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Winona Ryder reveals her real-life battle with anxiety

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Winona Ryder
Steve Granitz

Playing an emotionally unstable teenager in ”Girl, Interrupted” (opening Dec. 21) was a task Winona Ryder felt a little too qualified to tackle. The 28-year-old actress backed out of ”The Godfather III” in 1990 due to overwhelming anxiety attacks and, like her character in ”Girl,” voluntarily checked herself into a mental hospital (at the time, her last-minute departure from the Coppola film was attributed to a respiratory infection). ”It was very scary, because the role [in ”Girl”] did mirror a lot of stuff I’ve been through,” she says. ”I was terrified to play a character who was full of fear and anxiety knowing that I have been full of fear and anxiety, and it’s not something that’s just past tense for me. It’s something you battle with your whole life.”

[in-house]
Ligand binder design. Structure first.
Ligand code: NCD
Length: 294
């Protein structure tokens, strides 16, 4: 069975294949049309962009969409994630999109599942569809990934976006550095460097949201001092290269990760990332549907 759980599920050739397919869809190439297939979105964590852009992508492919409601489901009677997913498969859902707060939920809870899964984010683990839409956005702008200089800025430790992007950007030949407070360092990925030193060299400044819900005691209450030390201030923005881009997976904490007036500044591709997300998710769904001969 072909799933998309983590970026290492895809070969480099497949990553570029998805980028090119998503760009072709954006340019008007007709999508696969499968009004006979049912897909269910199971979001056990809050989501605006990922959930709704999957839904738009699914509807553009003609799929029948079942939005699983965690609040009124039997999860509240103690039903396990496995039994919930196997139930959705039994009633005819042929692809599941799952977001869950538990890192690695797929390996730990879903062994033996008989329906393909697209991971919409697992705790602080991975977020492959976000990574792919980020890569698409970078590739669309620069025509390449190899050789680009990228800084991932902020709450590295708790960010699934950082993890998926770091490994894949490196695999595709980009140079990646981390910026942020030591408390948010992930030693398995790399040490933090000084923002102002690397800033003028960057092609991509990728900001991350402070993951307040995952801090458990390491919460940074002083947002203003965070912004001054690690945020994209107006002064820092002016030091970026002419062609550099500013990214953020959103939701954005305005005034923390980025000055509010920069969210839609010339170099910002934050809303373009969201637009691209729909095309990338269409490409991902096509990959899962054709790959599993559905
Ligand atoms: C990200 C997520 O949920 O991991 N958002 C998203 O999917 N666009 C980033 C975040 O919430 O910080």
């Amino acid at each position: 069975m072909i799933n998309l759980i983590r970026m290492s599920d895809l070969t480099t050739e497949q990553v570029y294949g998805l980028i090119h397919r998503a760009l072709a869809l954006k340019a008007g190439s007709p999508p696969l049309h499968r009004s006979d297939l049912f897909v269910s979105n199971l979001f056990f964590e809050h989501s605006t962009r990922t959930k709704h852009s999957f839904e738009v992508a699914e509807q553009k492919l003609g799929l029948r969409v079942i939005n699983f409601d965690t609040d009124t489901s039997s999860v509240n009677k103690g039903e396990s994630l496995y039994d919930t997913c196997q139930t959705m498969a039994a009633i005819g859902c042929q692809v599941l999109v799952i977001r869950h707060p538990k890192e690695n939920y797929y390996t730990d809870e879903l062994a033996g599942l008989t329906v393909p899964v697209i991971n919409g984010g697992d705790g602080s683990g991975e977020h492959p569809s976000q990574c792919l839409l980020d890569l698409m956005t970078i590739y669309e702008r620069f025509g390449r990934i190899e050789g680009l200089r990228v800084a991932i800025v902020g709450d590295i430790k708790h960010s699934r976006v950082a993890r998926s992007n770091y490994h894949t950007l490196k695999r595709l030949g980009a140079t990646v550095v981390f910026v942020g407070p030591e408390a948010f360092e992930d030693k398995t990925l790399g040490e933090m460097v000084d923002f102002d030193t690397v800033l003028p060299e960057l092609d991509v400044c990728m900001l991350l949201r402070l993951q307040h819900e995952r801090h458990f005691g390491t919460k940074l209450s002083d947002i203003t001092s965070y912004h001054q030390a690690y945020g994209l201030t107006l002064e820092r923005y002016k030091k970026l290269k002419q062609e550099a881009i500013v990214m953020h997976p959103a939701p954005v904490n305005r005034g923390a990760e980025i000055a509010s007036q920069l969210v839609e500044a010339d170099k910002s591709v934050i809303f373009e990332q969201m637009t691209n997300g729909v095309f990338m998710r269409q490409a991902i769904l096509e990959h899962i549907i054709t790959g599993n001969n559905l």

To tell the true-life story of author Susanna Kaysen, Ryder had to find a method to relive her own madness. ”You have these trunks inside yourself of fears and anxieties, and when you’re on a plane or experience a loss, they kind of open up and this fear pours through you,” she explains. ”You try to shove it back in the trunk, and you can’t. And for the movie I went back into these trunks, these dark places I didn’t want to go back to.”

That’s why the set became an emotionally dangerous place. ”To play an anxiety attack, you have to get an anxiety attack. And I didn’t know how to put a lid on that when they said ‘cut,”’ Ryder explains. ”My heart would still be going a million miles an hour, and I would be sweating and I would feel like I felt when I was 19 and felt totally alone and couldn’t describe to anyone in the world how I was feeling.”

Ryder is speaking out now in hopes that the film — and her own dark experience — will help others who are grappling with their fears. ”I’m a very lucky person and very privileged, but I also have the same pressures as any human being,” she says. ”Since I’ve talked about my anxiety, I’ve gotten a really good response. Young women were grateful to learn that it happens to everybody, even to people they consider perfect people with perfect lives.”

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